“The Hellfire Story”

In “The Hellfire Story”, Kenny Cole presents a large-scale collection of work that questions the cultural significance of the CIA’s ongoing remote missile program in the Middle East, particularly in Pakistan with whom we are not at war. This new warfare paradigm, “remote targeting killing”, carried on in secret by the CIA, is not only remote geographically, but metaphysically and ethically as well.

“Hellfire”, a chill acronym for “Helicopter, Fire and Forget”, is a US missile system in development and deployment for over 40 years and currently in use by high altitude predator drones controlled by “pilots” at desks thousands of miles away in Langly VA.
“The Hellfire Story” brings the details of these drone-wars home in two overlapping phases, each magnifying a new incongruity in understanding a killing machine which we unknowingly tolerate every day.

Phase I, the Hellfire Drawings, began with brush and ink images and text transcriptions based on the 125 chronological “Milestones” of Hellfire System development. The hand-painted texts matter-of-factly transcribe a plodding story of inexorable development as the narrative ploughs on and on, backwards and forwards across the pages, describing laser systems, multi-national manufacturers, millions of dollars doled out in research and development.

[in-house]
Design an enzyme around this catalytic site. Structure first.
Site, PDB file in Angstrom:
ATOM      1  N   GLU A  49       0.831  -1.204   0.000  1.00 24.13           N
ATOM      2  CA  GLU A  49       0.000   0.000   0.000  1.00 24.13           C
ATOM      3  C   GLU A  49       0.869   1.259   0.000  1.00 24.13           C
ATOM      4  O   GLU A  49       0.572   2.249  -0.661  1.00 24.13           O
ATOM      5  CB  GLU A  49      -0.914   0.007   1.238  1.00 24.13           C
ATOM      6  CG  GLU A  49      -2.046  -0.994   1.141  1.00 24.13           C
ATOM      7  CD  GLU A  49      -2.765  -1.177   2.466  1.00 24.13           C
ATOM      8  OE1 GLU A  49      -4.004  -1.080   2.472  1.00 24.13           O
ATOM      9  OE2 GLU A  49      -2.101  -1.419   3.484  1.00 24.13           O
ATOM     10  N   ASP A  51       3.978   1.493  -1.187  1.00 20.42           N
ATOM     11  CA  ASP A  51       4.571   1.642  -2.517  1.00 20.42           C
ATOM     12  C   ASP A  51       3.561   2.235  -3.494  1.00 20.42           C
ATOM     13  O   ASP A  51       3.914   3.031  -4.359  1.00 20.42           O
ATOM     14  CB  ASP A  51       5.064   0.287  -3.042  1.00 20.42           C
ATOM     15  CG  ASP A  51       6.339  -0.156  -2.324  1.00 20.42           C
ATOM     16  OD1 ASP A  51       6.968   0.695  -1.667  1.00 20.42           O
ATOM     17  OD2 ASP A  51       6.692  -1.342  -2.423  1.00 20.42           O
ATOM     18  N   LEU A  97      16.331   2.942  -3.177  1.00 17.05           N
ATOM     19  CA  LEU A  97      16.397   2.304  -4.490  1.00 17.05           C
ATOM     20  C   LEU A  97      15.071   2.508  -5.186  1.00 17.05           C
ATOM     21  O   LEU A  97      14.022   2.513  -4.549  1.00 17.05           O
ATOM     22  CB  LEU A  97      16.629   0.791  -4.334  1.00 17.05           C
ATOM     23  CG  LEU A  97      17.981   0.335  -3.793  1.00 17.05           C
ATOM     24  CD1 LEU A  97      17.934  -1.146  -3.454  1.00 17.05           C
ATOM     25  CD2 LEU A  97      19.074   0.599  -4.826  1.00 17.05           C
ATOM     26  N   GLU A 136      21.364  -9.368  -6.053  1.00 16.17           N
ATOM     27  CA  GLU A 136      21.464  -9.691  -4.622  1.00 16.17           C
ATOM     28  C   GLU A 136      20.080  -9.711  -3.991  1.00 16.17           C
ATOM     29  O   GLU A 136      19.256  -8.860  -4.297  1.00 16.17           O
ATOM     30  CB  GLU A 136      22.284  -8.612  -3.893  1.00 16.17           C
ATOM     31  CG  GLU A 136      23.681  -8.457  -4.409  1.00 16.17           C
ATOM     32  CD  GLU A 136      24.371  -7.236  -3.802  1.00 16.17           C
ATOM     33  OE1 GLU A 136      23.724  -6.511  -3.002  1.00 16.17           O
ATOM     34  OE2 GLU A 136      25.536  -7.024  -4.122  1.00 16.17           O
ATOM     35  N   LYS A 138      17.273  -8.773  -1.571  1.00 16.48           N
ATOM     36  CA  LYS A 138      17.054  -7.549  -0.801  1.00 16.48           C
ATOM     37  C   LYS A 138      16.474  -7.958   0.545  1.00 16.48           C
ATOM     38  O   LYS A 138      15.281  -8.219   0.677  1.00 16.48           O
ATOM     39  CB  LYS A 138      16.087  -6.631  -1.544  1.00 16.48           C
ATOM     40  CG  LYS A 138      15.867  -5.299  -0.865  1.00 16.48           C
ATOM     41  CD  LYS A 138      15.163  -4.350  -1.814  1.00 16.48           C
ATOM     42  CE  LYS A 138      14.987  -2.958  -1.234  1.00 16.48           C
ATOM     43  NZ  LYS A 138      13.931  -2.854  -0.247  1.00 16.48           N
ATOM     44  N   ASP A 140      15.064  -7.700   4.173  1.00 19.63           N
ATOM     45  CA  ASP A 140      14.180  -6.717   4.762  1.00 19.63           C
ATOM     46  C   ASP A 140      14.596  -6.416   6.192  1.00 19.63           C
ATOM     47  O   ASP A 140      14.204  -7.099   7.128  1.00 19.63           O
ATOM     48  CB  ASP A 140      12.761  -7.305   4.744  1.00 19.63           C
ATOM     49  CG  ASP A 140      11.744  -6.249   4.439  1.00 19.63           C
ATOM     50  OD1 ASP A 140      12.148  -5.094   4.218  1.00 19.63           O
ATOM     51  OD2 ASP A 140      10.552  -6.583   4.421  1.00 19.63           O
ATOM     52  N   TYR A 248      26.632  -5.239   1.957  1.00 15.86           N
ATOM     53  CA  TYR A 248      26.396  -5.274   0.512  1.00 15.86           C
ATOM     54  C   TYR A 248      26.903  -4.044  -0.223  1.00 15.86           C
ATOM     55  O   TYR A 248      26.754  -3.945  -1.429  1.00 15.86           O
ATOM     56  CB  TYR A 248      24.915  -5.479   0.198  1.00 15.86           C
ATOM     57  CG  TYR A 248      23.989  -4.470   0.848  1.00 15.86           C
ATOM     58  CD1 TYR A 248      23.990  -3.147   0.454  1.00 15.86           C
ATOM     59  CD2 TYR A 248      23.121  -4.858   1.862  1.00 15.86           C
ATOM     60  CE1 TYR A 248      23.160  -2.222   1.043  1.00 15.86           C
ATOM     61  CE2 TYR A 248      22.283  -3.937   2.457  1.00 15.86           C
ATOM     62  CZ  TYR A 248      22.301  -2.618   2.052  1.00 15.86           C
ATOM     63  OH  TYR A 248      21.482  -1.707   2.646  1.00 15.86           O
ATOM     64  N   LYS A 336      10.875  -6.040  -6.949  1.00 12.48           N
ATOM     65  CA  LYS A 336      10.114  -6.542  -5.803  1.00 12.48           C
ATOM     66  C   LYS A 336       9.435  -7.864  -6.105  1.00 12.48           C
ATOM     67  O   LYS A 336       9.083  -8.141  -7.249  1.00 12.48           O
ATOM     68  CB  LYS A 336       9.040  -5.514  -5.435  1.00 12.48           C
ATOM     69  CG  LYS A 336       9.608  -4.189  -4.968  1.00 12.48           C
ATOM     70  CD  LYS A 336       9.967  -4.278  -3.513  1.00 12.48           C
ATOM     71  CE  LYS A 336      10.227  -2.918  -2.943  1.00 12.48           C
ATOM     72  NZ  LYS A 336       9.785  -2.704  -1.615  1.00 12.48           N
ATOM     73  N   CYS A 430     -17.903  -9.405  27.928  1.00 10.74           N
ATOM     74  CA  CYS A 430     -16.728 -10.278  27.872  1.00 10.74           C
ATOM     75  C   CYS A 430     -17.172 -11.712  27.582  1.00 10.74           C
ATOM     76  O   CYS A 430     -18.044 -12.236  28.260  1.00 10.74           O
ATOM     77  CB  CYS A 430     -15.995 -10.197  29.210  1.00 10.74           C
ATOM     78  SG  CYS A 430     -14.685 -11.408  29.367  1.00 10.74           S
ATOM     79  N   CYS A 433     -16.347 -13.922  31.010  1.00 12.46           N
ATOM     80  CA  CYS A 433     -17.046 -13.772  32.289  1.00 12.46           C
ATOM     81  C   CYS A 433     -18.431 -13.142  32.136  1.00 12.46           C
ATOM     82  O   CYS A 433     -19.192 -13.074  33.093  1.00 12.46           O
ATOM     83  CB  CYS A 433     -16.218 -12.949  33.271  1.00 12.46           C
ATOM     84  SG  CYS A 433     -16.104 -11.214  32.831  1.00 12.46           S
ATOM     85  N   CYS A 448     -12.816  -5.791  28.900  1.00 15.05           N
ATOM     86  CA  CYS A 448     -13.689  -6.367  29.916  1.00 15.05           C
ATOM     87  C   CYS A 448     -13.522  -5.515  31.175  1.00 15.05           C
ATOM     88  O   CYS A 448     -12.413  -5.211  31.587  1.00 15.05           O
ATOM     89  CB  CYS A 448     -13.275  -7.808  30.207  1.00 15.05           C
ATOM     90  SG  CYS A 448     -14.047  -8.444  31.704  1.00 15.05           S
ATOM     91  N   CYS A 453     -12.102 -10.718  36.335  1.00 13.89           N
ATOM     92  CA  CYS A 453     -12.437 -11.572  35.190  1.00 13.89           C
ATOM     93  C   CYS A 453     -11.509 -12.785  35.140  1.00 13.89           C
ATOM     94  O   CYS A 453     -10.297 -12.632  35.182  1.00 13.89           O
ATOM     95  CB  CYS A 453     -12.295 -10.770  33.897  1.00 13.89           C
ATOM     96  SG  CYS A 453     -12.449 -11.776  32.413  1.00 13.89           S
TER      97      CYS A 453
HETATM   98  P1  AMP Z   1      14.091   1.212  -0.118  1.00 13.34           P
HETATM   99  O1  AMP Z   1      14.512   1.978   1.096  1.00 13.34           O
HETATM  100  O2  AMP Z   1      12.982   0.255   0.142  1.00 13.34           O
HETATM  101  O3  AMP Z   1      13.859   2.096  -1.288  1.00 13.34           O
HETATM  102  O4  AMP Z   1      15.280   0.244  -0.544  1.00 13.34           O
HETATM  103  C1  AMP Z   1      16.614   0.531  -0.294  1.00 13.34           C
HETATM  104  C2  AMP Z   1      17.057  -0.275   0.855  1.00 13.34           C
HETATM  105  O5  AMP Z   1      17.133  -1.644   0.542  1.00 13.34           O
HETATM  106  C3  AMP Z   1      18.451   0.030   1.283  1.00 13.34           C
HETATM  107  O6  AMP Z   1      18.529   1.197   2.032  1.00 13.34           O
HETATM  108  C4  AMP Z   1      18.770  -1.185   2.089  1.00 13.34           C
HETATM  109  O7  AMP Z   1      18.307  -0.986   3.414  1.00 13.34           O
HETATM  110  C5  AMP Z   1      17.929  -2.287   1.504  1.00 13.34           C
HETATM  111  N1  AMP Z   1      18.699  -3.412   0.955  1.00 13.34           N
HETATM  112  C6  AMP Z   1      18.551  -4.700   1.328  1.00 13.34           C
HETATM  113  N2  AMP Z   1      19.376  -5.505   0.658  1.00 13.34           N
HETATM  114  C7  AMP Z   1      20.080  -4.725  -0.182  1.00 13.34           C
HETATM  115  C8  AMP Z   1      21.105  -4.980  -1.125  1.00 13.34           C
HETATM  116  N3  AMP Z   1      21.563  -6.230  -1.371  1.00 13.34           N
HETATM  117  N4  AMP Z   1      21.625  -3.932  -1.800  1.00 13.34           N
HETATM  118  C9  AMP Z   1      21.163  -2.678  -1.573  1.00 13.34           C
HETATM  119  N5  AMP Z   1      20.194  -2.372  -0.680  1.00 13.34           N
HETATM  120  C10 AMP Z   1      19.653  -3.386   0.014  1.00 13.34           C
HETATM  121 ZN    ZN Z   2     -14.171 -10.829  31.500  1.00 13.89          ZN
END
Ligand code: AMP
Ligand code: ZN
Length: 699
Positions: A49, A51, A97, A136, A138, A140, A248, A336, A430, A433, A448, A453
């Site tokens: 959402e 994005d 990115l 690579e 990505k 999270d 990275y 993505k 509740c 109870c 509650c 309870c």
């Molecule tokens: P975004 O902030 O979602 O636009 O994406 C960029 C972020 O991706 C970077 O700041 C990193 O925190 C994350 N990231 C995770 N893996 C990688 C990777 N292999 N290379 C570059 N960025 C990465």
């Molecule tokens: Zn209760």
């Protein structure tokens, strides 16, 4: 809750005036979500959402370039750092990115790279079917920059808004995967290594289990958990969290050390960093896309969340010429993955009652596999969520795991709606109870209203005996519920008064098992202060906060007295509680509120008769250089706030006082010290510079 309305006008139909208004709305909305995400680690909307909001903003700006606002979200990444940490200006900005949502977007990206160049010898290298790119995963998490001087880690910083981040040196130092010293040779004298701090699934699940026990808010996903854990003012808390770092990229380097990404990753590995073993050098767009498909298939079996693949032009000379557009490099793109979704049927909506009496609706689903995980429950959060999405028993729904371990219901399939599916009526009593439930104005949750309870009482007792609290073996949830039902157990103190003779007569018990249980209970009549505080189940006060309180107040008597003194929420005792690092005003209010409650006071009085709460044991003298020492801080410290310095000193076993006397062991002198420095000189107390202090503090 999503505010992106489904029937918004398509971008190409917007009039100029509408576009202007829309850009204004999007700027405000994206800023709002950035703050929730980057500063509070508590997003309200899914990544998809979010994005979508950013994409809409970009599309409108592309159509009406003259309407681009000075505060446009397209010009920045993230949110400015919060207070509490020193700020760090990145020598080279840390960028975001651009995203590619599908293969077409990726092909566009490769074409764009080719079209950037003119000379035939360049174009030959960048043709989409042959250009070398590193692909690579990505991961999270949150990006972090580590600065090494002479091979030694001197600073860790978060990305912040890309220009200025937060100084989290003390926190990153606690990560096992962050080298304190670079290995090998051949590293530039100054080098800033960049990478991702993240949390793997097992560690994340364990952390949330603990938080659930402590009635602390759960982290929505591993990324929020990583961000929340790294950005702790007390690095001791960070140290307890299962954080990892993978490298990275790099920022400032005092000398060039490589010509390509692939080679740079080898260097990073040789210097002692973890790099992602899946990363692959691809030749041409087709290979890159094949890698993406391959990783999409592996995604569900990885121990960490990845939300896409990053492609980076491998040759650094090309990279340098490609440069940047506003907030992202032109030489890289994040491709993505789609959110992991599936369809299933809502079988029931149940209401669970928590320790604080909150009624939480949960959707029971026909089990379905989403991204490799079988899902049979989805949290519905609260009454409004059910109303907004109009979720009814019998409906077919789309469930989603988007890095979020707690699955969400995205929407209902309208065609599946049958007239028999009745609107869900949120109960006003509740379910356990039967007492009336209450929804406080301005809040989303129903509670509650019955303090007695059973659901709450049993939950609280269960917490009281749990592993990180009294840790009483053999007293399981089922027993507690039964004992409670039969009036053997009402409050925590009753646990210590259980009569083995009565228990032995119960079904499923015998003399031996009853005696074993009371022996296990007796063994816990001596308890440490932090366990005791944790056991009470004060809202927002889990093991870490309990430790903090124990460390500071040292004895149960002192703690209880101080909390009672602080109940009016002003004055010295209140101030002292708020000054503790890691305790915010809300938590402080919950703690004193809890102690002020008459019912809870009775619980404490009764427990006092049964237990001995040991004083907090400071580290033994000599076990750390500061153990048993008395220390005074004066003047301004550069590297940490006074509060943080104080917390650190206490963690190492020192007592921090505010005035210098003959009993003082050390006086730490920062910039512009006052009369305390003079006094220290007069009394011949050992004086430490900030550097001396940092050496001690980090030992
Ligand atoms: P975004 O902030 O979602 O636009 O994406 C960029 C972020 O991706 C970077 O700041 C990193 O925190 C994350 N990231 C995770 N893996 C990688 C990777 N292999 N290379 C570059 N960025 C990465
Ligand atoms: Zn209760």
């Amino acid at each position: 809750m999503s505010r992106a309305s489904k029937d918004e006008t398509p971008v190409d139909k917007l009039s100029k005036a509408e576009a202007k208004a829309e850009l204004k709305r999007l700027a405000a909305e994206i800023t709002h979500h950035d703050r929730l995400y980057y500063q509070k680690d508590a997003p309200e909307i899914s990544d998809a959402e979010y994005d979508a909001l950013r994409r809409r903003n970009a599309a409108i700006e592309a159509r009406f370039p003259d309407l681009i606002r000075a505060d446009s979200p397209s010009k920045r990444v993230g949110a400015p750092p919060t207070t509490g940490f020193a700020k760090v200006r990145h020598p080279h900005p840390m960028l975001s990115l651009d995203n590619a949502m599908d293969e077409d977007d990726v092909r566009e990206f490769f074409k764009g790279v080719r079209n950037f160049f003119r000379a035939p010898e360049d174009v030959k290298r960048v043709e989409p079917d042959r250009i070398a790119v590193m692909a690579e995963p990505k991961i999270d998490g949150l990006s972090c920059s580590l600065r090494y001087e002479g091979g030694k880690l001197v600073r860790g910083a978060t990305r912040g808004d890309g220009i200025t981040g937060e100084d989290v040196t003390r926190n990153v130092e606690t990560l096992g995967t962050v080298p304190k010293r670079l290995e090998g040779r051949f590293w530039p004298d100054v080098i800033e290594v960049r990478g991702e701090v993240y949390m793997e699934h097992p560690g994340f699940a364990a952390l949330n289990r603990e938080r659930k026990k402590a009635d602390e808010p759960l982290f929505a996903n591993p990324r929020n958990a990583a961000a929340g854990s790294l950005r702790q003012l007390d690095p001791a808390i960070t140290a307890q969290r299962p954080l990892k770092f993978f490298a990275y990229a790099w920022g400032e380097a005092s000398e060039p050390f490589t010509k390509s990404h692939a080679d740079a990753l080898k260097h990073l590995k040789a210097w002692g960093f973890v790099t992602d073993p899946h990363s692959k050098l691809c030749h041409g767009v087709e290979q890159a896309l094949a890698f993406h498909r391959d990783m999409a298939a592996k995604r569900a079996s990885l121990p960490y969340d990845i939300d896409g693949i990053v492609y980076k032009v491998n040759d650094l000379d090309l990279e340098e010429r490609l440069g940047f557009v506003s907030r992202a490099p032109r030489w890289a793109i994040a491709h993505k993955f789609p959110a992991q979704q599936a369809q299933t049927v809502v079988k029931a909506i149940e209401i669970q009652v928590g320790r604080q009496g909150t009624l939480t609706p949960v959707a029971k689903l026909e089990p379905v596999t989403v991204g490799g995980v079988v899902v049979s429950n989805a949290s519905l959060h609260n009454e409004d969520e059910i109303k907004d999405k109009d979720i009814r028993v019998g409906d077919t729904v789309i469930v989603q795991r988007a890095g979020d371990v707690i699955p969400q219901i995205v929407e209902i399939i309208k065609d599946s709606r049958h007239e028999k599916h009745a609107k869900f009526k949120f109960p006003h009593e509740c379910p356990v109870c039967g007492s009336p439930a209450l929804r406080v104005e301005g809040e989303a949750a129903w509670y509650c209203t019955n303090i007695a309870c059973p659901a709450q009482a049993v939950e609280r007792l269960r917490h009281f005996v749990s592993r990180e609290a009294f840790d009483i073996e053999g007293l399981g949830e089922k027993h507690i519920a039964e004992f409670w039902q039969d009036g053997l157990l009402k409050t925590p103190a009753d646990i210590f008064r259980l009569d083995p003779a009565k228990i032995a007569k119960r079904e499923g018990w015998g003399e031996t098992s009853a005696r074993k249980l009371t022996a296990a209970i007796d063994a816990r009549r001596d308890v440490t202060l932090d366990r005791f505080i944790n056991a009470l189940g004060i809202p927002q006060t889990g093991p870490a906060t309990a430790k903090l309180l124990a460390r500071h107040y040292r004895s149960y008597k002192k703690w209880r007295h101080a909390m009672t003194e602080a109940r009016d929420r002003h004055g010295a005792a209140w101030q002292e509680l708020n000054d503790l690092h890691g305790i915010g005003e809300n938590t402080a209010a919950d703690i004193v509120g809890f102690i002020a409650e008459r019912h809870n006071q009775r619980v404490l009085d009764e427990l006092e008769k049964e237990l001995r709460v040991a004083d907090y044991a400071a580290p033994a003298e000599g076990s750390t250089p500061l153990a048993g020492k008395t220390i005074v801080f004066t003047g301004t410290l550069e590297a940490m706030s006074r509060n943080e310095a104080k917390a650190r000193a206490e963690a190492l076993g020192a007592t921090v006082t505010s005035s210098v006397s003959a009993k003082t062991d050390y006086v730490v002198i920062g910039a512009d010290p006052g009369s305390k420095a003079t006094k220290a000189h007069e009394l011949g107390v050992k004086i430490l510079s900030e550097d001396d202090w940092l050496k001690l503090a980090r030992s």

The cold text rides on a riptide of death and ruination, the boring calm of the words sliding over the darkness of the intention below.

Cole pulls the words apart at their seams as the letters arbitrarily find their way across the page. Without spaces, line breaks or syllables, the letters are marching ants, symbols without syntax making reading difficult and content all the more impersonal and disjunctive.

In the midst of this almost painful visual process of reading, Cole’s line, like a worm, burrows amongst the text finding second meanings in between the lines…tantrum, flog, maim, fester, connive, ransack, sate, stun…another set of hard to read words, but the hot underbelly of the cold smug military tale.

Each drawing is built around an image, often of a scientific apparatus, a leaking flask or frothing test tube, an alchemical retort, imprisoned figures and vacuum tubes, scissors, hammers, bandaged arms.

Clouds rain oil, milk, honey and blood. Robed hands emerge, God-like, and reach through the words, pointing, emitting rays or grasping at objects and all together creating a monkey wrench of battling thought.

Phase II, the 175 placards projecting overhead, detailed the number of Hellfire drone strikes in Pakistan since 2004. On one side of the placards, biblical quotes suggest how old and dire strife in the Mideast actually is. On the verso, the death statistics of each strike are painted.

These powerful works of art throw the viewer a curve. They encode while they decode, but they are deeply felt and complexly layered clarions to awareness. They ask questions and decry the violence. “Art shouldn’t be about beauty,” Cole says, “Go for the ugly truth. That can be beautiful.”

Al Crichton

October 2010